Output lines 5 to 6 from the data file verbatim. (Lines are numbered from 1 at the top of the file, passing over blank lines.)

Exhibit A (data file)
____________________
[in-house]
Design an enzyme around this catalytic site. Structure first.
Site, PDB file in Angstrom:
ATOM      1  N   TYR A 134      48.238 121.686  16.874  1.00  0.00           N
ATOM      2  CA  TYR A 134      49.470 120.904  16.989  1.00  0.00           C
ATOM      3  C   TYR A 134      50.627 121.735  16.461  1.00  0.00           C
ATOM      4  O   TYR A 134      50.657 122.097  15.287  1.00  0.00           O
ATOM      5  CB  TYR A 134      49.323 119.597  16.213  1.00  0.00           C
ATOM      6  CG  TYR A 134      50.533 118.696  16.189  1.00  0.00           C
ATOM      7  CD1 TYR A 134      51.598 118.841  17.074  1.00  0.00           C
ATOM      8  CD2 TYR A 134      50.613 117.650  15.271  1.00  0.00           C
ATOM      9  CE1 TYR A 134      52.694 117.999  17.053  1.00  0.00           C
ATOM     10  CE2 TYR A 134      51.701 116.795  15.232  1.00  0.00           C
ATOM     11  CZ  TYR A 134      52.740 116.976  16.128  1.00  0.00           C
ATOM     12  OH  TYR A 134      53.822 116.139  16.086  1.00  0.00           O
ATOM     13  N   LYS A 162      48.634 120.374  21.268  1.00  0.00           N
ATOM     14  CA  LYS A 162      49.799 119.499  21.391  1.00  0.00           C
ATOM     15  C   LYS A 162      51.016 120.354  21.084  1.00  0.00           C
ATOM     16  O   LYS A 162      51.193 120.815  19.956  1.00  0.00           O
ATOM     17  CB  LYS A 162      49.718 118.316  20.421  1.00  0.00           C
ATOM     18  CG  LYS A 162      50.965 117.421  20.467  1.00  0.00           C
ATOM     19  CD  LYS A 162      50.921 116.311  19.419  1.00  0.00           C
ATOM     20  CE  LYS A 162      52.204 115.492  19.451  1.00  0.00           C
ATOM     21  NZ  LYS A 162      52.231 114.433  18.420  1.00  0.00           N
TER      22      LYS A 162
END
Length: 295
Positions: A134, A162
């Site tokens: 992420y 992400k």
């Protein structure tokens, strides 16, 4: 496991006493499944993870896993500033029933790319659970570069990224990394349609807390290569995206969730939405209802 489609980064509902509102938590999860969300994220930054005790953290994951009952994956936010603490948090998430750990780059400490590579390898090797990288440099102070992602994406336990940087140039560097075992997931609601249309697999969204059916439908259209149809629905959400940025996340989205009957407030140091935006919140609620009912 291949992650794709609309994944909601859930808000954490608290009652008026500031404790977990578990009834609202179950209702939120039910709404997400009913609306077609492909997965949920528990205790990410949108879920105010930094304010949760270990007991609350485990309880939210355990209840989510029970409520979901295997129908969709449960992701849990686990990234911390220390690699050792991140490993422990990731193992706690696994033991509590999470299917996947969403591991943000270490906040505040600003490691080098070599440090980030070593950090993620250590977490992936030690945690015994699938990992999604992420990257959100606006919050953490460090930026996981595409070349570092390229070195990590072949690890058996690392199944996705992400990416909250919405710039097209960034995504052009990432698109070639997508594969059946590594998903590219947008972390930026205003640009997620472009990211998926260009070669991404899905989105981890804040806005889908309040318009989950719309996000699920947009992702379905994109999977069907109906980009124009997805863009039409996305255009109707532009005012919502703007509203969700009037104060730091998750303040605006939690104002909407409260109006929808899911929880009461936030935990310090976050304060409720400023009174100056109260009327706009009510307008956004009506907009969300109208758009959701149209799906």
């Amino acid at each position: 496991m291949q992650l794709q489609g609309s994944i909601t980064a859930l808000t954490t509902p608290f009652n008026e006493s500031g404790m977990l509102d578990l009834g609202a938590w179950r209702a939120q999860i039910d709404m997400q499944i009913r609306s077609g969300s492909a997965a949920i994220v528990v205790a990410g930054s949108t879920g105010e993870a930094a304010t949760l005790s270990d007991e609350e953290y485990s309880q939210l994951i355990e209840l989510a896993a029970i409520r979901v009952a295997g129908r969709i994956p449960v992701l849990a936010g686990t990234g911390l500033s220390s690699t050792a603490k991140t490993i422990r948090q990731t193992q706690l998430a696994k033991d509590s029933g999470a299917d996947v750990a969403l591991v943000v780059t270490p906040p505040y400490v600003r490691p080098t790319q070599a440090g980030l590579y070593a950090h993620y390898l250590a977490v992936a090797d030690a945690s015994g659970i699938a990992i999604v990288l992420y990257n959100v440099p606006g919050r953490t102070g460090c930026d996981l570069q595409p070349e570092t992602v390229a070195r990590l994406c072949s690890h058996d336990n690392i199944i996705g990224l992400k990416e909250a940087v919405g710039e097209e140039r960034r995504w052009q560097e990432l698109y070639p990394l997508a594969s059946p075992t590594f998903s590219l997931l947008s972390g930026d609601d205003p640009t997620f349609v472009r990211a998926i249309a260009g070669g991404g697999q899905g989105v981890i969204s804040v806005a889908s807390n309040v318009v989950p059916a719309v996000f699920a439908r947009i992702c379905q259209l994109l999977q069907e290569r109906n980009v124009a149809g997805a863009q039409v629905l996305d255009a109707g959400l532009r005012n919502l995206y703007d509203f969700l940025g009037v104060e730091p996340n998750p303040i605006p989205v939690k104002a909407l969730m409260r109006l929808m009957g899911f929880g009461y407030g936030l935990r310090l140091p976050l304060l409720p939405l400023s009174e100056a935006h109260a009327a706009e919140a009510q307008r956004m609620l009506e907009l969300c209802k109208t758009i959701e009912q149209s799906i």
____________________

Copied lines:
ATOM      2  CA  TYR A 134      49.470 120.904  16.989  1.00  0.00           C
ATOM      3  C   TYR A 134      50.627 121.735  16.461  1.00  0.00           C